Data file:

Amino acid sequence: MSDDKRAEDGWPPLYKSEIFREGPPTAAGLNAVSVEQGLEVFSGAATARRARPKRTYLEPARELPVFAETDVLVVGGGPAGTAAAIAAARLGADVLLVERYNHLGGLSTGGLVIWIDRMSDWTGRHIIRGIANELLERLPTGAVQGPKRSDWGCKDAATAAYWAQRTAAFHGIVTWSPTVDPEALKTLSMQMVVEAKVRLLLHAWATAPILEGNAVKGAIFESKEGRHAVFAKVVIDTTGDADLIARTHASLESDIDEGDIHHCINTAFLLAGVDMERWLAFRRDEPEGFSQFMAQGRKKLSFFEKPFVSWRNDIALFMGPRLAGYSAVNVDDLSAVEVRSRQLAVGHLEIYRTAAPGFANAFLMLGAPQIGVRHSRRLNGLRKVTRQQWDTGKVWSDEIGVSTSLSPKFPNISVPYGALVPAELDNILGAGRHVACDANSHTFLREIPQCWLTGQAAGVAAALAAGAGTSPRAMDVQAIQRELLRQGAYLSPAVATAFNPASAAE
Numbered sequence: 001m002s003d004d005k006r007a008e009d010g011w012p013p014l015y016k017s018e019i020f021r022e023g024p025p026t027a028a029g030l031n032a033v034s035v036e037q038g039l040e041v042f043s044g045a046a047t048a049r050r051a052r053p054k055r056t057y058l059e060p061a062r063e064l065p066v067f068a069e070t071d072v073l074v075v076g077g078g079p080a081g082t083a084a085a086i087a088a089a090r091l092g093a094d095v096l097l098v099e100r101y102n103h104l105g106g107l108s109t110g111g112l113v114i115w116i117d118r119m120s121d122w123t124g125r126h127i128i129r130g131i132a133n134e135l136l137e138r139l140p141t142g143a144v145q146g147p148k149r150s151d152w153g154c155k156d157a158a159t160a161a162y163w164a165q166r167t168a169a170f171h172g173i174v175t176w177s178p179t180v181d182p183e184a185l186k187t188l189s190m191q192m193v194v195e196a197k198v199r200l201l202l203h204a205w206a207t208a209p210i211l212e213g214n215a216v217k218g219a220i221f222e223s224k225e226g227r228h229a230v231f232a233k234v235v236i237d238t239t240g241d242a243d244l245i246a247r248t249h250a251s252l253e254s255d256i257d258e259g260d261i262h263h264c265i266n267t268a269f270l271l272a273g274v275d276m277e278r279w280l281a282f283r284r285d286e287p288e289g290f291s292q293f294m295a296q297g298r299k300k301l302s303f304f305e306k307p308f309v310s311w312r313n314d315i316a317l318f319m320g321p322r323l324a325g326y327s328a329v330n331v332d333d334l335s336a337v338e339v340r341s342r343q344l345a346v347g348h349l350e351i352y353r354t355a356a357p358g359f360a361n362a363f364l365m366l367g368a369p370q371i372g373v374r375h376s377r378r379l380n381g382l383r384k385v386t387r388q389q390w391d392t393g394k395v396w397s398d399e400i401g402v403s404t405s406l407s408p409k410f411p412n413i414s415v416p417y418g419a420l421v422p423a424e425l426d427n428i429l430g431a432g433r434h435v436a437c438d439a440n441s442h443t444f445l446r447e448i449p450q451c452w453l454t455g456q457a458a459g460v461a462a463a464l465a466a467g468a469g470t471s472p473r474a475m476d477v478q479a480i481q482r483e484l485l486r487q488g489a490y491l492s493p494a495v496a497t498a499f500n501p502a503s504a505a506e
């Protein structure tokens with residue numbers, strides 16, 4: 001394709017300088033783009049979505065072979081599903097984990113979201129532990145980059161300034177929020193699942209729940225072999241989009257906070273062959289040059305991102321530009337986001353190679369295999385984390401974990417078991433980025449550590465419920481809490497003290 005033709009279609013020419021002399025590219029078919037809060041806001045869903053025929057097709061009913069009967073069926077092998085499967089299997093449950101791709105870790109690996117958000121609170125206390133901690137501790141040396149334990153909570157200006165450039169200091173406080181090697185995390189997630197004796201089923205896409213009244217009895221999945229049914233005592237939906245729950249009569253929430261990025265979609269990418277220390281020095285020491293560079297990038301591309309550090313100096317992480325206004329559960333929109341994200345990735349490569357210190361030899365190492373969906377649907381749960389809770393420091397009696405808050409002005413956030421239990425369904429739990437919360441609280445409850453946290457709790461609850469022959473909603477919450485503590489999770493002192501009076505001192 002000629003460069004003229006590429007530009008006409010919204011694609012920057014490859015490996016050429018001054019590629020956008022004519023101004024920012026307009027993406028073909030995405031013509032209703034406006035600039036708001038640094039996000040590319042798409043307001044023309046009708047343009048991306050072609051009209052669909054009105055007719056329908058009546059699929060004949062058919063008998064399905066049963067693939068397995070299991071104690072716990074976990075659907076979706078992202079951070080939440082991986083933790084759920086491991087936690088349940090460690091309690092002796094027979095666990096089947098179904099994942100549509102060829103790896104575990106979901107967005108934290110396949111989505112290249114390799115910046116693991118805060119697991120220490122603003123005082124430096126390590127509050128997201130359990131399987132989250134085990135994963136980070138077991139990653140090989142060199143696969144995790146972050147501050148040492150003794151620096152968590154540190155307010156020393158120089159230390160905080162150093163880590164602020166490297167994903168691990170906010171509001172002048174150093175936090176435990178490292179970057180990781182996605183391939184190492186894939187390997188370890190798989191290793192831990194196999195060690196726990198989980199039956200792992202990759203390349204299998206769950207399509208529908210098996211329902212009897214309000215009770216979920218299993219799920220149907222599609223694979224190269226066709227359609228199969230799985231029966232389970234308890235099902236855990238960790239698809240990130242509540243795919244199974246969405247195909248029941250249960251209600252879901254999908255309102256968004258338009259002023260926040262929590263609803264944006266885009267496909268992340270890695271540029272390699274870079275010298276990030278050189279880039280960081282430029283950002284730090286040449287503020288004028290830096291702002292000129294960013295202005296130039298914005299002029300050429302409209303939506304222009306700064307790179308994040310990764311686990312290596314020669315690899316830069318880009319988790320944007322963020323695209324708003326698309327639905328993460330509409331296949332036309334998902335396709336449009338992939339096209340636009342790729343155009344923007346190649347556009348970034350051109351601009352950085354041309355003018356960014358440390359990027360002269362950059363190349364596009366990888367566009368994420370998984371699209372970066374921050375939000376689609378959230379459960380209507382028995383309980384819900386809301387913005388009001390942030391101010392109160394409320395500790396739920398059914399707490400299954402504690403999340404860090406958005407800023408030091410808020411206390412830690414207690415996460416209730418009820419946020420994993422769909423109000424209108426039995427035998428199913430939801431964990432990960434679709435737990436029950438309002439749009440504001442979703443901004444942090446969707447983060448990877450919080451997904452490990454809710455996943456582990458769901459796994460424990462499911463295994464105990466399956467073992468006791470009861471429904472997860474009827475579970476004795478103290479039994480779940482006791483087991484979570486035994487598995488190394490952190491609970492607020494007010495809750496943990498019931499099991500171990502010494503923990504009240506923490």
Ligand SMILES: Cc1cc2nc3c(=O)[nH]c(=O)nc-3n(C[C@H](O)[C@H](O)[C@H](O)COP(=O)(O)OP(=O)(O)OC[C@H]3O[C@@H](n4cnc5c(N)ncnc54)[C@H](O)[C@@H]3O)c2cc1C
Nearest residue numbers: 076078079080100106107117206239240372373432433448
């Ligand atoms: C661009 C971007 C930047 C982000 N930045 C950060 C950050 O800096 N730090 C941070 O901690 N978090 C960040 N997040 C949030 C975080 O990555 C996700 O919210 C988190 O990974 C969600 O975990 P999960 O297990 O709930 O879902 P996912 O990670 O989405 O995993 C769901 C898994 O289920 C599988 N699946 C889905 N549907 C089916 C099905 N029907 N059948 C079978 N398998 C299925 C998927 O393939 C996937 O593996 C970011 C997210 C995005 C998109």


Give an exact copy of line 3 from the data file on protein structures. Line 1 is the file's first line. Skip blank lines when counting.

């Protein structure tokens with residue numbers, strides 16, 4: 001394709017300088033783009049979505065072979081599903097984990113979201129532990145980059161300034177929020193699942209729940225072999241989009257906070273062959289040059305991102321530009337986001353190679369295999385984390401974990417078991433980025449550590465419920481809490497003290 005033709009279609013020419021002399025590219029078919037809060041806001045869903053025929057097709061009913069009967073069926077092998085499967089299997093449950101791709105870790109690996117958000121609170125206390133901690137501790141040396149334990153909570157200006165450039169200091173406080181090697185995390189997630197004796201089923205896409213009244217009895221999945229049914233005592237939906245729950249009569253929430261990025265979609269990418277220390281020095285020491293560079297990038301591309309550090313100096317992480325206004329559960333929109341994200345990735349490569357210190361030899365190492373969906377649907381749960389809770393420091397009696405808050409002005413956030421239990425369904429739990437919360441609280445409850453946290457709790461609850469022959473909603477919450485503590489999770493002192501009076505001192 002000629003460069004003229006590429007530009008006409010919204011694609012920057014490859015490996016050429018001054019590629020956008022004519023101004024920012026307009027993406028073909030995405031013509032209703034406006035600039036708001038640094039996000040590319042798409043307001044023309046009708047343009048991306050072609051009209052669909054009105055007719056329908058009546059699929060004949062058919063008998064399905066049963067693939068397995070299991071104690072716990074976990075659907076979706078992202079951070080939440082991986083933790084759920086491991087936690088349940090460690091309690092002796094027979095666990096089947098179904099994942100549509102060829103790896104575990106979901107967005108934290110396949111989505112290249114390799115910046116693991118805060119697991120220490122603003123005082124430096126390590127509050128997201130359990131399987132989250134085990135994963136980070138077991139990653140090989142060199143696969144995790146972050147501050148040492150003794151620096152968590154540190155307010156020393158120089159230390160905080162150093163880590164602020166490297167994903168691990170906010171509001172002048174150093175936090176435990178490292179970057180990781182996605183391939184190492186894939187390997188370890190798989191290793192831990194196999195060690196726990198989980199039956200792992202990759203390349204299998206769950207399509208529908210098996211329902212009897214309000215009770216979920218299993219799920220149907222599609223694979224190269226066709227359609228199969230799985231029966232389970234308890235099902236855990238960790239698809240990130242509540243795919244199974246969405247195909248029941250249960251209600252879901254999908255309102256968004258338009259002023260926040262929590263609803264944006266885009267496909268992340270890695271540029272390699274870079275010298276990030278050189279880039280960081282430029283950002284730090286040449287503020288004028290830096291702002292000129294960013295202005296130039298914005299002029300050429302409209303939506304222009306700064307790179308994040310990764311686990312290596314020669315690899316830069318880009319988790320944007322963020323695209324708003326698309327639905328993460330509409331296949332036309334998902335396709336449009338992939339096209340636009342790729343155009344923007346190649347556009348970034350051109351601009352950085354041309355003018356960014358440390359990027360002269362950059363190349364596009366990888367566009368994420370998984371699209372970066374921050375939000376689609378959230379459960380209507382028995383309980384819900386809301387913005388009001390942030391101010392109160394409320395500790396739920398059914399707490400299954402504690403999340404860090406958005407800023408030091410808020411206390412830690414207690415996460416209730418009820419946020420994993422769909423109000424209108426039995427035998428199913430939801431964990432990960434679709435737990436029950438309002439749009440504001442979703443901004444942090446969707447983060448990877450919080451997904452490990454809710455996943456582990458769901459796994460424990462499911463295994464105990466399956467073992468006791470009861471429904472997860474009827475579970476004795478103290479039994480779940482006791483087991484979570486035994487598995488190394490952190491609970492607020494007010495809750496943990498019931499099991500171990502010494503923990504009240506923490």